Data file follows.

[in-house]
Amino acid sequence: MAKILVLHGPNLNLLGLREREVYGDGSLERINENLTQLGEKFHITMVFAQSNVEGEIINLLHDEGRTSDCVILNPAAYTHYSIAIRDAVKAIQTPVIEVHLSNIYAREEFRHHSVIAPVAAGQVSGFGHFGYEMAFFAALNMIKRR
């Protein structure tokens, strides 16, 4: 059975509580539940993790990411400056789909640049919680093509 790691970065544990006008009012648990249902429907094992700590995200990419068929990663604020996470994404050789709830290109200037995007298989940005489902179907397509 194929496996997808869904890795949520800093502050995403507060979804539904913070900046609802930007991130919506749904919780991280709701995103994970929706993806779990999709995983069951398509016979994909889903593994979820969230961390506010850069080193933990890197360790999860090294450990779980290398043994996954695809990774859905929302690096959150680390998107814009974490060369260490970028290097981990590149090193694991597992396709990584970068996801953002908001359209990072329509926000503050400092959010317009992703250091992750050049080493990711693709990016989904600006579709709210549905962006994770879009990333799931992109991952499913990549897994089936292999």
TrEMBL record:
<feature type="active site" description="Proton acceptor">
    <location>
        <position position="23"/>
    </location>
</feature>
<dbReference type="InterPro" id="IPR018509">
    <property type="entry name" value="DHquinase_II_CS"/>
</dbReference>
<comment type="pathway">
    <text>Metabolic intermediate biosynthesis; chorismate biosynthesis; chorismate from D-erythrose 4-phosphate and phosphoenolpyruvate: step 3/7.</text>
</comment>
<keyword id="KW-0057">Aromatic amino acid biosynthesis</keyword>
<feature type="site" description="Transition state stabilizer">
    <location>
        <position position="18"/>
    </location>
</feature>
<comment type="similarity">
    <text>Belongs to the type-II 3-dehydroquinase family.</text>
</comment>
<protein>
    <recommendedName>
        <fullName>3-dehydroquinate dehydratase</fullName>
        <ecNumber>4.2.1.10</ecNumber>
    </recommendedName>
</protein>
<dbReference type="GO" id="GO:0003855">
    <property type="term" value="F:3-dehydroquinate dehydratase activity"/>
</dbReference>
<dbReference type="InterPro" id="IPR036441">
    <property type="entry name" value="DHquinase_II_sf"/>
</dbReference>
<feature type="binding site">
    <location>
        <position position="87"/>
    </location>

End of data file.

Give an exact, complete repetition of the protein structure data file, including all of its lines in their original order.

[in-house]
Amino acid sequence: MAKILVLHGPNLNLLGLREREVYGDGSLERINENLTQLGEKFHITMVFAQSNVEGEIINLLHDEGRTSDCVILNPAAYTHYSIAIRDAVKAIQTPVIEVHLSNIYAREEFRHHSVIAPVAAGQVSGFGHFGYEMAFFAALNMIKRR
């Protein structure tokens, strides 16, 4: 059975509580539940993790990411400056789909640049919680093509 790691970065544990006008009012648990249902429907094992700590995200990419068929990663604020996470994404050789709830290109200037995007298989940005489902179907397509 194929496996997808869904890795949520800093502050995403507060979804539904913070900046609802930007991130919506749904919780991280709701995103994970929706993806779990999709995983069951398509016979994909889903593994979820969230961390506010850069080193933990890197360790999860090294450990779980290398043994996954695809990774859905929302690096959150680390998107814009974490060369260490970028290097981990590149090193694991597992396709990584970068996801953002908001359209990072329509926000503050400092959010317009992703250091992750050049080493990711693709990016989904600006579709709210549905962006994770879009990333799931992109991952499913990549897994089936292999």
TrEMBL record:
<feature type="active site" description="Proton acceptor">
    <location>
        <position position="23"/>
    </location>
</feature>
<dbReference type="InterPro" id="IPR018509">
    <property type="entry name" value="DHquinase_II_CS"/>
</dbReference>
<comment type="pathway">
    <text>Metabolic intermediate biosynthesis; chorismate biosynthesis; chorismate from D-erythrose 4-phosphate and phosphoenolpyruvate: step 3/7.</text>
</comment>
<keyword id="KW-0057">Aromatic amino acid biosynthesis</keyword>
<feature type="site" description="Transition state stabilizer">
    <location>
        <position position="18"/>
    </location>
</feature>
<comment type="similarity">
    <text>Belongs to the type-II 3-dehydroquinase family.</text>
</comment>
<protein>
    <recommendedName>
        <fullName>3-dehydroquinate dehydratase</fullName>
        <ecNumber>4.2.1.10</ecNumber>
    </recommendedName>
</protein>
<dbReference type="GO" id="GO:0003855">
    <property type="term" value="F:3-dehydroquinate dehydratase activity"/>
</dbReference>
<dbReference type="InterPro" id="IPR036441">
    <property type="entry name" value="DHquinase_II_sf"/>
</dbReference>
<feature type="binding site">
    <location>
        <position position="87"/>
    </location>